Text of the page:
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How to overcome a weight loss plateau

Weight loss plateaus are normal — here's how to break through

How to overcome a weight loss plateau
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If you're on a weight loss journey, chances are you've experienced a weight loss plateau — that annoying phase where you suddenly stop losing weight. There doesn't seem to be any rhyme or reason why a weight loss plateau occurs and it can be incredibly frustrating when you've been on a roll with losing weight.

The important thing to remember here is that weight loss isn't linear and it's actually normal for your weight to fluctuate on a regular basis. And, while this can be annoying, remember that it is normal and happens to many people.

If you're in the midst of a weight loss plateau or you've experienced one in the past and want to be equipped with information on how to break through the plateau should it happen again, we're here to help. Here's what you need to know.

What is a weight loss plateau?

Weight loss occurs when you consistently burn more calories than you consume, which results in a "caloric deficit" [1]. When you start increasing your exercise and decreasing the number of calories you consume, you should begin losing weight.

However, when your body adjusts to the weight loss brought on by reduced calorie consumption and increased physical activity, weight loss plateaus can occur. Muscle helps to keep up the rate at which your metabolism burns calories but as you lose weight, you also tend to lose a bit of muscle, which can slow your metabolism rate [2].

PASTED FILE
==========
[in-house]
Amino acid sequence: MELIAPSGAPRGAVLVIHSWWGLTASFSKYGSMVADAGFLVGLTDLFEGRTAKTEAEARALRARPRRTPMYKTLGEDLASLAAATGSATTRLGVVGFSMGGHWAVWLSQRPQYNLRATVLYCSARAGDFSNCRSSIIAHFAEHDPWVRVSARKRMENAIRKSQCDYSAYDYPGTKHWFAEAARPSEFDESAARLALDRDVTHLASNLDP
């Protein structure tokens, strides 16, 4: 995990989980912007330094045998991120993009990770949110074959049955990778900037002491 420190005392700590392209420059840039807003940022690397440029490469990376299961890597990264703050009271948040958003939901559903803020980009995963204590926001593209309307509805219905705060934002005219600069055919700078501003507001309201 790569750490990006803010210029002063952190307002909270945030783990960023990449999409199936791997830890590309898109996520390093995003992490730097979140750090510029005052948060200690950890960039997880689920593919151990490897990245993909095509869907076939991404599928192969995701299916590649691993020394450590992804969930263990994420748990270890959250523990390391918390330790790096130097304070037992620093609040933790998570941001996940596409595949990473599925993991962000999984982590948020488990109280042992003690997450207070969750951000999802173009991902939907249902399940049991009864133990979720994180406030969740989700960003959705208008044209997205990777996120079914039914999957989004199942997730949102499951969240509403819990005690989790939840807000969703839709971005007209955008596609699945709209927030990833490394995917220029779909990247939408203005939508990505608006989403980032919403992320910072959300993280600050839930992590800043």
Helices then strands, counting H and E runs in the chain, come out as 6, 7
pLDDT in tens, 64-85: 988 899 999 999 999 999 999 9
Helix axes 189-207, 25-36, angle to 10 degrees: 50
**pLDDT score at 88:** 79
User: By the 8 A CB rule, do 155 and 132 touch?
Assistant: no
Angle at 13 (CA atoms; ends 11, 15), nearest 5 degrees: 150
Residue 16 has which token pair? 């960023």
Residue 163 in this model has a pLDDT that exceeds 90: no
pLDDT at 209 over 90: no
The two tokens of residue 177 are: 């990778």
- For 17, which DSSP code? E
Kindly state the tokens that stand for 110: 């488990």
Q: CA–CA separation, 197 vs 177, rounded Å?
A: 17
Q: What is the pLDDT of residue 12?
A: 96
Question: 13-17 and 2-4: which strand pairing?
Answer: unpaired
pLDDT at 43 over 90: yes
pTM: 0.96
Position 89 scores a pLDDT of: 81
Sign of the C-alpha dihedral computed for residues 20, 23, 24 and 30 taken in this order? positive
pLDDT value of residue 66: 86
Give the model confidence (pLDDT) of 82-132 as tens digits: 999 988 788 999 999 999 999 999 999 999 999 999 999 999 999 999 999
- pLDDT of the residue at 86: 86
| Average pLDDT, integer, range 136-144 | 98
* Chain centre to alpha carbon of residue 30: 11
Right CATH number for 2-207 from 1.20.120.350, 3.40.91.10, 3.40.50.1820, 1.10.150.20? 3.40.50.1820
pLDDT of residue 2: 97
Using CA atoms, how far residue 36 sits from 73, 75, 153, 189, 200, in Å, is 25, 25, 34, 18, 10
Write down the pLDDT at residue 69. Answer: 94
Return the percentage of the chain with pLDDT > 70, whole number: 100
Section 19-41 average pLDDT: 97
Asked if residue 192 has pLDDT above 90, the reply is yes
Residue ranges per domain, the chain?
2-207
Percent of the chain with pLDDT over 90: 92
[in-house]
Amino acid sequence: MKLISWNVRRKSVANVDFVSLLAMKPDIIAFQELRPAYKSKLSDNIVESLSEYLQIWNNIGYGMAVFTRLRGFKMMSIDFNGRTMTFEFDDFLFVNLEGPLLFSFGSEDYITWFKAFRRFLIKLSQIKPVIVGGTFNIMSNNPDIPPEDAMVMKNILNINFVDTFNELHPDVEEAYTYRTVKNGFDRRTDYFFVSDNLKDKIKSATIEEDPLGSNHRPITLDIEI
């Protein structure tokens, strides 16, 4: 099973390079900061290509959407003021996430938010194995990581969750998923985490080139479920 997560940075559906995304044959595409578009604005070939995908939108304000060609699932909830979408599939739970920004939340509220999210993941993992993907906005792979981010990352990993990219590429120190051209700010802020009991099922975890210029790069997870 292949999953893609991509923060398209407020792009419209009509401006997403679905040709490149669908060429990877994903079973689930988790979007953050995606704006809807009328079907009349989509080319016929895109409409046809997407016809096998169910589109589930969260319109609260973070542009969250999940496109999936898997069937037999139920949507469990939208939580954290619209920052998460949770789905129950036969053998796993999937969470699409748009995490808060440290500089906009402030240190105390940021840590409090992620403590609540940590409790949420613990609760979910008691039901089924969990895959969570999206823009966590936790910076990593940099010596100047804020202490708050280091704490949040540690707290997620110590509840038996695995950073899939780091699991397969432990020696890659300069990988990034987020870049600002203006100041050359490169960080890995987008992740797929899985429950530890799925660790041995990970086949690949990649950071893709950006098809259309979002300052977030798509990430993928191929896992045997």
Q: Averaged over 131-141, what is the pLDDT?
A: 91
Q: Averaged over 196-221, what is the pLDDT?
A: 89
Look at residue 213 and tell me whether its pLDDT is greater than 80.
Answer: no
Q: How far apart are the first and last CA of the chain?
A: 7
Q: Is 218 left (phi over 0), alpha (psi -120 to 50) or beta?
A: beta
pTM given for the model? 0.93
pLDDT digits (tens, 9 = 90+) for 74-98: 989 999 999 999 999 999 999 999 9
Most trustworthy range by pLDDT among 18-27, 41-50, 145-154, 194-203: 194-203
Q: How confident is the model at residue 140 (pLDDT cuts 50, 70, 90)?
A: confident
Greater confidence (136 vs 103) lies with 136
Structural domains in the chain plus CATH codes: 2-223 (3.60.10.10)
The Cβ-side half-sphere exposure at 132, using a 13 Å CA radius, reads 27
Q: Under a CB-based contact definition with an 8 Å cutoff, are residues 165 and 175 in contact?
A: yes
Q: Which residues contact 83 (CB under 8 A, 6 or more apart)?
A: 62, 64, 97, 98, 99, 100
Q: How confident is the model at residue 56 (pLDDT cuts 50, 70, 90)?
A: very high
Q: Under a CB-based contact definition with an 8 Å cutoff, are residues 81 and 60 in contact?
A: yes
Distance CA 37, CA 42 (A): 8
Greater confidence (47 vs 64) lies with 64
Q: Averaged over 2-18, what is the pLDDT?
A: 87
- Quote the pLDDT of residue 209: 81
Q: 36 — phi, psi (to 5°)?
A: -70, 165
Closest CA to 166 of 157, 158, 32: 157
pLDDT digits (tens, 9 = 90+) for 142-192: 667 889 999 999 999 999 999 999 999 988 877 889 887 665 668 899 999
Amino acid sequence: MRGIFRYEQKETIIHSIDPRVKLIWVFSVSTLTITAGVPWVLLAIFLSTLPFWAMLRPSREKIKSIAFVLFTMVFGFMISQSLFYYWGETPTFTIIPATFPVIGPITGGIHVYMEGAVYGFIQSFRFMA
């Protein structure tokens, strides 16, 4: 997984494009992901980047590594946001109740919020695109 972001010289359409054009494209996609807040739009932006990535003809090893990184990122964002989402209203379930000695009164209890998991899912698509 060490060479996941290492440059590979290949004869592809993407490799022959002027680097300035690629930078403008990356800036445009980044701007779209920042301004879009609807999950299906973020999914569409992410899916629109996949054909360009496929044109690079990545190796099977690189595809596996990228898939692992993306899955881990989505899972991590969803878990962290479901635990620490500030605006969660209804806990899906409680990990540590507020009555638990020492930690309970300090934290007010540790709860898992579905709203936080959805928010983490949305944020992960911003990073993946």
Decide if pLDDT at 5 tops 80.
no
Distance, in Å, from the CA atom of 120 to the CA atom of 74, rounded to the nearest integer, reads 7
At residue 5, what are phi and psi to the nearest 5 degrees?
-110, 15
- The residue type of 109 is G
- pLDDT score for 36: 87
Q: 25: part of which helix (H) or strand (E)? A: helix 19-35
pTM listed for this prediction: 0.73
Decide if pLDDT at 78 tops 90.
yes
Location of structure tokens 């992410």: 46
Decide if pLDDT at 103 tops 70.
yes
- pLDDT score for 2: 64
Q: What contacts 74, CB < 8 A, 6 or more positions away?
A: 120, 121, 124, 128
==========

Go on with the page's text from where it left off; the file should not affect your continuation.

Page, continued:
This means your body will begin burning fewer calories than you were, despite you keeping up your healthy habits and this is where a plateau can occur.

A plateau can be incredibly frustrating when you're continuing to eat a balanced diet and move your body but shifting weight feels like it becomes almost impossible. After all of your hard work, it can feel disheartening to experience a plateau.

How long does a weight loss plateau last?

A weight loss plateau usually involves your weight stabilising for at least three to four weeks. In some cases, you might even experience a small weight regain and if this happens, that's okay!

As we mentioned earlier, your weight loss journey won't ever be a straightforward process and it's best to take it one day at a time.

What causes a weight loss plateau?

While a weight loss is to be expected at some point in your journey, it doesn't make it any less frustrating. Here's why you might be experiencing a plateau.

Old habits

After weeks of following a calorie-restricted diet, it can be easy for old habits to creep in. This could manifest in snacking on something while you're cooking dinner, starting to go back for seconds after a meal or including a small afternoon or post-dinner treat.